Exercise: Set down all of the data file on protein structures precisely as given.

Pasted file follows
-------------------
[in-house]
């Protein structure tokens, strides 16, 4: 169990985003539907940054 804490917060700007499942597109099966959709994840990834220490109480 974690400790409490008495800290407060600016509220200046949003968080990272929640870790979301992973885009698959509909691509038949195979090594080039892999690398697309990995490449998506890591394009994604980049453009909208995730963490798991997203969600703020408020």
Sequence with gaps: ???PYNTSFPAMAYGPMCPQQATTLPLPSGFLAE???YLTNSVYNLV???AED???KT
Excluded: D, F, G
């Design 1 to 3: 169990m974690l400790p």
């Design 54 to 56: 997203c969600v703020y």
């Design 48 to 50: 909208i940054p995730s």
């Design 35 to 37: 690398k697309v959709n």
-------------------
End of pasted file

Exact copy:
[in-house]
């Protein structure tokens, strides 16, 4: 169990985003539907940054 804490917060700007499942597109099966959709994840990834220490109480 974690400790409490008495800290407060600016509220200046949003968080990272929640870790979301992973885009698959509909691509038949195979090594080039892999690398697309990995490449998506890591394009994604980049453009909208995730963490798991997203969600703020408020």
Sequence with gaps: ???PYNTSFPAMAYGPMCPQQATTLPLPSGFLAE???YLTNSVYNLV???AED???KT
Excluded: D, F, G
């Design 1 to 3: 169990m974690l400790p």
């Design 54 to 56: 997203c969600v703020y």
């Design 48 to 50: 909208i940054p995730s």
């Design 35 to 37: 690398k697309v959709n």